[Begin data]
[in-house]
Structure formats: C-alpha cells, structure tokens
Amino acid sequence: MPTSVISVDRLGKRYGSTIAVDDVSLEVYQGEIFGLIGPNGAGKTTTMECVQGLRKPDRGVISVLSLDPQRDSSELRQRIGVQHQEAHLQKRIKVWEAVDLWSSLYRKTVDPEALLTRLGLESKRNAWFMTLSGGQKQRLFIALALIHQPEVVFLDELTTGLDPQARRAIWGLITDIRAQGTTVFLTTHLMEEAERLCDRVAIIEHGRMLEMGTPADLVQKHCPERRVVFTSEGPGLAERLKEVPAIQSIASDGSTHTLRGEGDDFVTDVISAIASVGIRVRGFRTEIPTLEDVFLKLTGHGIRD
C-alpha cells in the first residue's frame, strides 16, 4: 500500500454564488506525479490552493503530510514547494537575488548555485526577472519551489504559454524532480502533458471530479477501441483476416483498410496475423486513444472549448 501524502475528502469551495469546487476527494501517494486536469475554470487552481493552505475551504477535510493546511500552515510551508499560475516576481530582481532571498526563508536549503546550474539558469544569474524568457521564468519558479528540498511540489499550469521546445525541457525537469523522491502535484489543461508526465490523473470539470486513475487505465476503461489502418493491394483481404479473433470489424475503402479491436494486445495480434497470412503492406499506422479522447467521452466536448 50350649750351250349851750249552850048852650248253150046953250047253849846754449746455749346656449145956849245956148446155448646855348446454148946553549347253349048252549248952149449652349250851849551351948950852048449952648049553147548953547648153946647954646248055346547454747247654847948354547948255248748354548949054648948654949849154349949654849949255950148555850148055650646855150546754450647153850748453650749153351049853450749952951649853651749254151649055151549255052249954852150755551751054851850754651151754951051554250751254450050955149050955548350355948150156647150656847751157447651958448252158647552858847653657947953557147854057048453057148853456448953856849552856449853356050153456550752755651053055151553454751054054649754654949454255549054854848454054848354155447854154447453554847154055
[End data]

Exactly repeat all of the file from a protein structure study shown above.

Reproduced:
[in-house]
Structure formats: C-alpha cells, structure tokens
Amino acid sequence: MPTSVISVDRLGKRYGSTIAVDDVSLEVYQGEIFGLIGPNGAGKTTTMECVQGLRKPDRGVISVLSLDPQRDSSELRQRIGVQHQEAHLQKRIKVWEAVDLWSSLYRKTVDPEALLTRLGLESKRNAWFMTLSGGQKQRLFIALALIHQPEVVFLDELTTGLDPQARRAIWGLITDIRAQGTTVFLTTHLMEEAERLCDRVAIIEHGRMLEMGTPADLVQKHCPERRVVFTSEGPGLAERLKEVPAIQSIASDGSTHTLRGEGDDFVTDVISAIASVGIRVRGFRTEIPTLEDVFLKLTGHGIRD
C-alpha cells in the first residue's frame, strides 16, 4: 500500500454564488506525479490552493503530510514547494537575488548555485526577472519551489504559454524532480502533458471530479477501441483476416483498410496475423486513444472549448 501524502475528502469551495469546487476527494501517494486536469475554470487552481493552505475551504477535510493546511500552515510551508499560475516576481530582481532571498526563508536549503546550474539558469544569474524568457521564468519558479528540498511540489499550469521546445525541457525537469523522491502535484489543461508526465490523473470539470486513475487505465476503461489502418493491394483481404479473433470489424475503402479491436494486445495480434497470412503492406499506422479522447467521452466536448 50350649750351250349851750249552850048852650248253150046953250047253849846754449746455749346656449145956849245956148446155448646855348446454148946553549347253349048252549248952149449652349250851849551351948950852048449952648049553147548953547648153946647954646248055346547454747247654847948354547948255248748354548949054648948654949849154349949654849949255950148555850148055650646855150546754450647153850748453650749153351049853450749952951649853651749254151649055151549255052249954852150755551751054851850754651151754951051554250751254450050955149050955548350355948150156647150656847751157447651958448252158647552858847653657947953557147854057048453057148853456448953856849552856449853356050153456550752755651053055151553454751054054649754654949454255549054854848454054848354155447854154447453554847154055